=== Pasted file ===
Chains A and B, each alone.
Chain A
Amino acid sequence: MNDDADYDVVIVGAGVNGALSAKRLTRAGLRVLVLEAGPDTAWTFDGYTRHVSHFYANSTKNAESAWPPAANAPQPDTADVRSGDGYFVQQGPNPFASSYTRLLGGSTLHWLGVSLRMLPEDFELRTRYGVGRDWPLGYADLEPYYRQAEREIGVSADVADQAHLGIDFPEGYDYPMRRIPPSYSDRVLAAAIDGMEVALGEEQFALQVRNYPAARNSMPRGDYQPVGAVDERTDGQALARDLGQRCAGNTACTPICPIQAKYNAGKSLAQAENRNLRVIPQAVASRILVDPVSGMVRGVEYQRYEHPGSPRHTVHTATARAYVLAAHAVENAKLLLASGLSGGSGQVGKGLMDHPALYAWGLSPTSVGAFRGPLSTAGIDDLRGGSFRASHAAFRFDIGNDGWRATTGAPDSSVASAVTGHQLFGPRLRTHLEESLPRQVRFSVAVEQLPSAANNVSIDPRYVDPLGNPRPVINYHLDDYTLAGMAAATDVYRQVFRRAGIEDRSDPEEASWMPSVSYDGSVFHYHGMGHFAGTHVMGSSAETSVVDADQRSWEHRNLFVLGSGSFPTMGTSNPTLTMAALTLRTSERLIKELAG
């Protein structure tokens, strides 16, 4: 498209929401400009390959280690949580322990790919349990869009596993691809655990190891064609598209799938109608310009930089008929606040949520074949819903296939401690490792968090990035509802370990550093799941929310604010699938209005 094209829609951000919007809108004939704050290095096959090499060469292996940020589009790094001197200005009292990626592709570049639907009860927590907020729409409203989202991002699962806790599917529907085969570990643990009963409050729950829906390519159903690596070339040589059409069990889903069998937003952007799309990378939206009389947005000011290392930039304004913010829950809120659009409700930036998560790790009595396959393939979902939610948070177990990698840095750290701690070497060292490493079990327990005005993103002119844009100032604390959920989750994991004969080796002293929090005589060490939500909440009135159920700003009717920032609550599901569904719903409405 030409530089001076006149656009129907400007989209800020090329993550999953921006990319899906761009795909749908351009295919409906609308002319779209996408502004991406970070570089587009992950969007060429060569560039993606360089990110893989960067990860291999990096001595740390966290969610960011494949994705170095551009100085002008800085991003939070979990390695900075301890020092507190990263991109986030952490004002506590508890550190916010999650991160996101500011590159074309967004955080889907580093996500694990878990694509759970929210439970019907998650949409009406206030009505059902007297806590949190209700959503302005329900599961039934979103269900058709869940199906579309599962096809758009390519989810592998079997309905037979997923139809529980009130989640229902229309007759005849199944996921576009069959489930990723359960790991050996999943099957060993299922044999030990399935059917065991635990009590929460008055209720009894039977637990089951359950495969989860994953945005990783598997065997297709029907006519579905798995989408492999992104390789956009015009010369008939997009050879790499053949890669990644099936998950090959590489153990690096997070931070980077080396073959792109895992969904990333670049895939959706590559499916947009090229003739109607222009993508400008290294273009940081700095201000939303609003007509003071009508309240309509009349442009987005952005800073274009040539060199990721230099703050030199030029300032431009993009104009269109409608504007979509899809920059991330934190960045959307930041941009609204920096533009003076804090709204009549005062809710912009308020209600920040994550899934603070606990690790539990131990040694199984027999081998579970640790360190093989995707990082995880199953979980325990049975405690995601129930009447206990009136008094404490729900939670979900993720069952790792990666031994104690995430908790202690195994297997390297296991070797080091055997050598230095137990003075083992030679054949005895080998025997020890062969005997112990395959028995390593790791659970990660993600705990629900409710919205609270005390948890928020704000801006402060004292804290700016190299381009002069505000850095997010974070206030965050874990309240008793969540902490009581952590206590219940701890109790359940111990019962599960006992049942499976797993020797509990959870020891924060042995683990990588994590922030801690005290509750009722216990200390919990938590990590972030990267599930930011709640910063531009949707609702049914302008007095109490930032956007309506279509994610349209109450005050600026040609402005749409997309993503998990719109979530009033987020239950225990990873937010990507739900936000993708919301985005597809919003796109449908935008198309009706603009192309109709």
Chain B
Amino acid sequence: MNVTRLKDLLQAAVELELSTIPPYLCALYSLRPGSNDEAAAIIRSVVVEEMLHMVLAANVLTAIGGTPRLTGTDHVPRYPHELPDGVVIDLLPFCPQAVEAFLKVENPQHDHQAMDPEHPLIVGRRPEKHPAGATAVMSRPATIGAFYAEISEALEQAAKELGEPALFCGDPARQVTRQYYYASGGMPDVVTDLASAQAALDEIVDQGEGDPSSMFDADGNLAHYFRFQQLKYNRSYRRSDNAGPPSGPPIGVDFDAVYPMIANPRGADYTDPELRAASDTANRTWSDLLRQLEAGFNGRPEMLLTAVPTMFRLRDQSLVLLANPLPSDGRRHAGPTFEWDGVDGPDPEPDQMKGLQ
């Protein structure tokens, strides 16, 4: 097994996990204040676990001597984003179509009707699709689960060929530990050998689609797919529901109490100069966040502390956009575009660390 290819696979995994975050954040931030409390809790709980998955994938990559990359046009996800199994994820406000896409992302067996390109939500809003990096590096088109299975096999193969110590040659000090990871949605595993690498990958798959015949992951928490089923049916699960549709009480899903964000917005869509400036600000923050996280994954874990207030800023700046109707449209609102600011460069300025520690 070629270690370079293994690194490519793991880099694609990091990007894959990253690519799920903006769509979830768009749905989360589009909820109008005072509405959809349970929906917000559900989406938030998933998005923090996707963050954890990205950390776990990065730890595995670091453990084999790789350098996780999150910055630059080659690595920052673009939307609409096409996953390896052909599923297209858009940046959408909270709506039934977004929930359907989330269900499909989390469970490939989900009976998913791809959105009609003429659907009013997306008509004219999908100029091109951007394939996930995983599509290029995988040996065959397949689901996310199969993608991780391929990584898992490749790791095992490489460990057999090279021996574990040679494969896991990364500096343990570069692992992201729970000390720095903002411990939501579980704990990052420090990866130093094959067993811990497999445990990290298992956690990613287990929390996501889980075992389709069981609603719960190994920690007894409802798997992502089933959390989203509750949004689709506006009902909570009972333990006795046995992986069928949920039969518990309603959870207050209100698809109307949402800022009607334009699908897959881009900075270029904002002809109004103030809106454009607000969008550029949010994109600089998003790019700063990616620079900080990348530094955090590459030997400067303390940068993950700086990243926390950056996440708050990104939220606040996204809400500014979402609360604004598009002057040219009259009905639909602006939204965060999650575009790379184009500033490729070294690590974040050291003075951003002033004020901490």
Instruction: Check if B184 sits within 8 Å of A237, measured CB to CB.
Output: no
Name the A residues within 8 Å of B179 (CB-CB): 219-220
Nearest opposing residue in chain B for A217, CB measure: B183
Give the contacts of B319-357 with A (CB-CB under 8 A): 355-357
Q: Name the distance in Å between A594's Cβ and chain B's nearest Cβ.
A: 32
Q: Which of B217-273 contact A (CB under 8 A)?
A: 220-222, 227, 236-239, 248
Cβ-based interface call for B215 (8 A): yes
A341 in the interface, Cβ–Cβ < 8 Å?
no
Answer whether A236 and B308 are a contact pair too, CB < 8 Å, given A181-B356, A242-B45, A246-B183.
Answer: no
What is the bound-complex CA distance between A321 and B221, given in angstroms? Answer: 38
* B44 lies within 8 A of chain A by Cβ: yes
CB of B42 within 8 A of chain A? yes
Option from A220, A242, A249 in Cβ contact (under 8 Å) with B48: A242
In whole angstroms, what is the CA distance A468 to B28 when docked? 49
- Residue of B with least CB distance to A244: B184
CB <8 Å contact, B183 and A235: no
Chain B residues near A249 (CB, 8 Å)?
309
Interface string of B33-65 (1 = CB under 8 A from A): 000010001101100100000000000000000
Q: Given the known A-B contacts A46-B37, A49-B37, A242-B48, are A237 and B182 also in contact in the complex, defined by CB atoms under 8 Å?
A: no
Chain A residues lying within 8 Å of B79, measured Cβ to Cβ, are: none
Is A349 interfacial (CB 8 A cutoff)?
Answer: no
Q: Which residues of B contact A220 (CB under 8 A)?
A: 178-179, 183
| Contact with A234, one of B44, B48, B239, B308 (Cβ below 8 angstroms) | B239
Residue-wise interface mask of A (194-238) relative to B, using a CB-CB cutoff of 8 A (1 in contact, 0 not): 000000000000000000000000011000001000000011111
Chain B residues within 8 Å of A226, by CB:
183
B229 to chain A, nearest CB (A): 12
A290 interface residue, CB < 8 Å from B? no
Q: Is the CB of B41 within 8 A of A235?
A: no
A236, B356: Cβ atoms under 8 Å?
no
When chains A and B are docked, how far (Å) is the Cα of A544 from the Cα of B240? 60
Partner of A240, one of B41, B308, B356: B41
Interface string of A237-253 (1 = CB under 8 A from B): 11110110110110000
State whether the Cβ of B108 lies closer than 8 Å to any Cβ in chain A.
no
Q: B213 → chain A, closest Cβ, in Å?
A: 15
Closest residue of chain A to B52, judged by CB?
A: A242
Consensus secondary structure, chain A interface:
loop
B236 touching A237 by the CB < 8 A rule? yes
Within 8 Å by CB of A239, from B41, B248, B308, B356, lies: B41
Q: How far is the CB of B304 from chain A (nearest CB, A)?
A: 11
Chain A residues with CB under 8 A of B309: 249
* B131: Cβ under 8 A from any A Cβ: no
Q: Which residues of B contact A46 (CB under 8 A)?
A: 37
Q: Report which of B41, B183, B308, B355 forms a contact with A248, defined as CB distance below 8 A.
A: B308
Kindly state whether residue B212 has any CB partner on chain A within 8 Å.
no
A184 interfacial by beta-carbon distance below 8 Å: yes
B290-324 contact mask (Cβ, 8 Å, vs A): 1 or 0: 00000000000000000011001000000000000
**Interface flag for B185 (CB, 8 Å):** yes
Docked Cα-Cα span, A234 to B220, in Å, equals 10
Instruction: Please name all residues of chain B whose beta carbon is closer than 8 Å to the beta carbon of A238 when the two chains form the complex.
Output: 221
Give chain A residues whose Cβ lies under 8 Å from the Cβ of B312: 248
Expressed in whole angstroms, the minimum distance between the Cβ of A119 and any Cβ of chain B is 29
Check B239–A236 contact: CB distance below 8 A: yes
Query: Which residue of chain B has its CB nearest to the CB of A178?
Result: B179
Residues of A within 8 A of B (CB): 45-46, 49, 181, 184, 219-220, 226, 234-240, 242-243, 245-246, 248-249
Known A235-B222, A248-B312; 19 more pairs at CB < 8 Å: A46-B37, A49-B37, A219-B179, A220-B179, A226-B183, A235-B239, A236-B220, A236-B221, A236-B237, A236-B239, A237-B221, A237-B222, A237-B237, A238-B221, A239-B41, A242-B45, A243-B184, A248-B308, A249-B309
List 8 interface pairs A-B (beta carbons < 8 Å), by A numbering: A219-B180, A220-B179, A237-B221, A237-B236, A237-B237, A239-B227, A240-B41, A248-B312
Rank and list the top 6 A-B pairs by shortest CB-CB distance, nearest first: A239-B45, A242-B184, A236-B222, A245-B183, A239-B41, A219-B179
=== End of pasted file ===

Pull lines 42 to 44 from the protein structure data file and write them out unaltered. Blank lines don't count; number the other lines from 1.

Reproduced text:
183
B229 to chain A, nearest CB (A): 12
A290 interface residue, CB < 8 Å from B? no